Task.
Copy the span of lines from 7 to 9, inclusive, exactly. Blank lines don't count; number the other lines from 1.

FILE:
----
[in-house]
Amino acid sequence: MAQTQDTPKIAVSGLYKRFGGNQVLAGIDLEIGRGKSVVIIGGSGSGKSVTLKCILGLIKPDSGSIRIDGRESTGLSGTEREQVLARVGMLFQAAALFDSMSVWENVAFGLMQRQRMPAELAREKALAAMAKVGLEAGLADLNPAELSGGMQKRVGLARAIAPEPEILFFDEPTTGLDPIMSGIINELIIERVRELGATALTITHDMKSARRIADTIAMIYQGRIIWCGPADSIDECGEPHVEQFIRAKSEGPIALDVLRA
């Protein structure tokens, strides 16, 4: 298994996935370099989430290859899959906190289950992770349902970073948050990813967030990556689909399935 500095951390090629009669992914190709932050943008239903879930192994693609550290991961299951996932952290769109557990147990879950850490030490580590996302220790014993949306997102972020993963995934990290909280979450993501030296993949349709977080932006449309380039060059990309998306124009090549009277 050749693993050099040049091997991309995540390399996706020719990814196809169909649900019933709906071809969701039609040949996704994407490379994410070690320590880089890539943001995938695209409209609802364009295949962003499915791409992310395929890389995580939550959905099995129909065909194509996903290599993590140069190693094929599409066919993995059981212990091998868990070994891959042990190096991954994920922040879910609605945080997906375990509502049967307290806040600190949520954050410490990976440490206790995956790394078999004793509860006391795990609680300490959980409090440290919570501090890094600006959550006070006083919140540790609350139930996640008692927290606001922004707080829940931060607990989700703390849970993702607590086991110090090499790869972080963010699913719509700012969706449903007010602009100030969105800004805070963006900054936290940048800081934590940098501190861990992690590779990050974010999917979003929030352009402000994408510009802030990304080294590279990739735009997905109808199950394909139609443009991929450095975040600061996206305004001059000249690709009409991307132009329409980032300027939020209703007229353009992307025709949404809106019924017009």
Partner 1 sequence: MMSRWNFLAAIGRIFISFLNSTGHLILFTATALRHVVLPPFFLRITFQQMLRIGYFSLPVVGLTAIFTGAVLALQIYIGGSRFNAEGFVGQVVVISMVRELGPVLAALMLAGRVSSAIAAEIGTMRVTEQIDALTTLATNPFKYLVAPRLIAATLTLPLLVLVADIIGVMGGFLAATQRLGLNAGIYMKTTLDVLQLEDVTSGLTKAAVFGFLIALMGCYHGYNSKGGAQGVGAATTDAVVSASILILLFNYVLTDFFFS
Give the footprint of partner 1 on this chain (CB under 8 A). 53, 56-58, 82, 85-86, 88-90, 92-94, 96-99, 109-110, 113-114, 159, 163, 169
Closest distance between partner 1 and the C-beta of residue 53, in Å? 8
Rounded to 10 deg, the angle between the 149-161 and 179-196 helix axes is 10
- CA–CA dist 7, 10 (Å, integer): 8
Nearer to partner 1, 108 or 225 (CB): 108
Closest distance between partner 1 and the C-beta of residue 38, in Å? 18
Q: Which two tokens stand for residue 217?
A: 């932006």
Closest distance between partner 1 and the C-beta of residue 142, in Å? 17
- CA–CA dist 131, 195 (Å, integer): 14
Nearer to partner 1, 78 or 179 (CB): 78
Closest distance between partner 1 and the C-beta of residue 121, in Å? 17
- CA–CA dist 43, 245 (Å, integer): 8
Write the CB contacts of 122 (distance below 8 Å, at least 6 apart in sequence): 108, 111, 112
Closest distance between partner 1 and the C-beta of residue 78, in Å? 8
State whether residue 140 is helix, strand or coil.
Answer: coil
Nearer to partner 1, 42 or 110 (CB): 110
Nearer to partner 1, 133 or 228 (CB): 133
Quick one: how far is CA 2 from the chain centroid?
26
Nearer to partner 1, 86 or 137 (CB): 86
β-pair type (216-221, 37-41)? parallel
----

Rounded to 10 deg, the angle between the 149-161 and 179-196 helix axes is 10
- CA–CA dist 7, 10 (Å, integer): 8
Nearer to partner 1, 108 or 225 (CB): 108